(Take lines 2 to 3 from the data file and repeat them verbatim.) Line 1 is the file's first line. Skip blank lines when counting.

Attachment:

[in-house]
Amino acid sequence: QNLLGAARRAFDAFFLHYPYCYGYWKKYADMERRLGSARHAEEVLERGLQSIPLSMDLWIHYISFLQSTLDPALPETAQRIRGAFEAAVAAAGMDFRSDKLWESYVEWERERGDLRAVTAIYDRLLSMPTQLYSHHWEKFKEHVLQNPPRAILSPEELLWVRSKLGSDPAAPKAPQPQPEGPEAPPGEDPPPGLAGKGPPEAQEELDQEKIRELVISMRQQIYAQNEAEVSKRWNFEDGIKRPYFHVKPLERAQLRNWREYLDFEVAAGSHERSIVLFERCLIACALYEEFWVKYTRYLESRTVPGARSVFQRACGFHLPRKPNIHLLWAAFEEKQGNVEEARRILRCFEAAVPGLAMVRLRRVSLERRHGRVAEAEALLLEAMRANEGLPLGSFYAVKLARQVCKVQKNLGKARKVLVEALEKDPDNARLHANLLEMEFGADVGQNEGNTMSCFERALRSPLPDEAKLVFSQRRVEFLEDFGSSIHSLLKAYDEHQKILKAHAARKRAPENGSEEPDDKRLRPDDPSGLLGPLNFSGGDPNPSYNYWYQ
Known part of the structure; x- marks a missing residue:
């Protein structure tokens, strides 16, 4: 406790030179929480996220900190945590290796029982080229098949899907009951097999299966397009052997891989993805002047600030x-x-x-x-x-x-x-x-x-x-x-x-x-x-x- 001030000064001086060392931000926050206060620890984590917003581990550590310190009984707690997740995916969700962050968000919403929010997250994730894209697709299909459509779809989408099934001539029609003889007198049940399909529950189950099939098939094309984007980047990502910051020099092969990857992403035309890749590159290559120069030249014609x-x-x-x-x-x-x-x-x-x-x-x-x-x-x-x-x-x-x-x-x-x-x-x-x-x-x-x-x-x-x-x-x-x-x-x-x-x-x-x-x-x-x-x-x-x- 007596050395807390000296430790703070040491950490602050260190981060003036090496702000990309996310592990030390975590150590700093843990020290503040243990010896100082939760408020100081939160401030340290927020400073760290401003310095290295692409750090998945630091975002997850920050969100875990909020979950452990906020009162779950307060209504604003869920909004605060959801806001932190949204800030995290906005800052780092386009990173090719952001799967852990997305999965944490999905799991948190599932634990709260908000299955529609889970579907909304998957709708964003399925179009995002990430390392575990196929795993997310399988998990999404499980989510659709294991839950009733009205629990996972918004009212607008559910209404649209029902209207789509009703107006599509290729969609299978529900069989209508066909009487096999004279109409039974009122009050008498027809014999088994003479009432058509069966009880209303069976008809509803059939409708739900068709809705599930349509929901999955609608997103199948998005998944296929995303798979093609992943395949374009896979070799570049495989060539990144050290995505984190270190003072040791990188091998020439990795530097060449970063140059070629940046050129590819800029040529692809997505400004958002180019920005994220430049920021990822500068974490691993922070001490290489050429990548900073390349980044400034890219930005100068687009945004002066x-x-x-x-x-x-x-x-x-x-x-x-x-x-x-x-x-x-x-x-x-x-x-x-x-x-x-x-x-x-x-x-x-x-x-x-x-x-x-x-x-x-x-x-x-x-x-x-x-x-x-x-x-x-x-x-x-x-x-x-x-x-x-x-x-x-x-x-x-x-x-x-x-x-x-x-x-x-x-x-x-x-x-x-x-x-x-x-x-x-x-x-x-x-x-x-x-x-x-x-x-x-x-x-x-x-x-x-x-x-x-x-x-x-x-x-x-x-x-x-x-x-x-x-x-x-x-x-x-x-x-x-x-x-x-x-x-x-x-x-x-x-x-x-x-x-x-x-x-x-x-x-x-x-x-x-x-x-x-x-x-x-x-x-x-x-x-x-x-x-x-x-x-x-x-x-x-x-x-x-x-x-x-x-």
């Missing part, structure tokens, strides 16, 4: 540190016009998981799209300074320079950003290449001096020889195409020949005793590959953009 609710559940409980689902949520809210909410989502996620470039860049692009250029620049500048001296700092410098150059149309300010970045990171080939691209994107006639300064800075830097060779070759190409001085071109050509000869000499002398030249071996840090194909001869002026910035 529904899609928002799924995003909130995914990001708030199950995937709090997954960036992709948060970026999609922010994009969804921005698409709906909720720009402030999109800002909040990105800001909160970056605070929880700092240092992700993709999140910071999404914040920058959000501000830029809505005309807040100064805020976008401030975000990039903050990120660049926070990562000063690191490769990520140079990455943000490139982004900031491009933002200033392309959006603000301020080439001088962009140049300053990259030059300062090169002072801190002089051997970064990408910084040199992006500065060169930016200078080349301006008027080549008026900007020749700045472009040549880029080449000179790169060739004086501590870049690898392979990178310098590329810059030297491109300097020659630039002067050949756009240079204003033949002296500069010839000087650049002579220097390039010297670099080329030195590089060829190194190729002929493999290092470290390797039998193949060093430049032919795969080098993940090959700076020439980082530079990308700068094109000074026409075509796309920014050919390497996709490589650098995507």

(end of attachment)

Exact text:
Amino acid sequence: QNLLGAARRAFDAFFLHYPYCYGYWKKYADMERRLGSARHAEEVLERGLQSIPLSMDLWIHYISFLQSTLDPALPETAQRIRGAFEAAVAAAGMDFRSDKLWESYVEWERERGDLRAVTAIYDRLLSMPTQLYSHHWEKFKEHVLQNPPRAILSPEELLWVRSKLGSDPAAPKAPQPQPEGPEAPPGEDPPPGLAGKGPPEAQEELDQEKIRELVISMRQQIYAQNEAEVSKRWNFEDGIKRPYFHVKPLERAQLRNWREYLDFEVAAGSHERSIVLFERCLIACALYEEFWVKYTRYLESRTVPGARSVFQRACGFHLPRKPNIHLLWAAFEEKQGNVEEARRILRCFEAAVPGLAMVRLRRVSLERRHGRVAEAEALLLEAMRANEGLPLGSFYAVKLARQVCKVQKNLGKARKVLVEALEKDPDNARLHANLLEMEFGADVGQNEGNTMSCFERALRSPLPDEAKLVFSQRRVEFLEDFGSSIHSLLKAYDEHQKILKAHAARKRAPENGSEEPDDKRLRPDDPSGLLGPLNFSGGDPNPSYNYWYQ
Known part of the structure; x- marks a missing residue: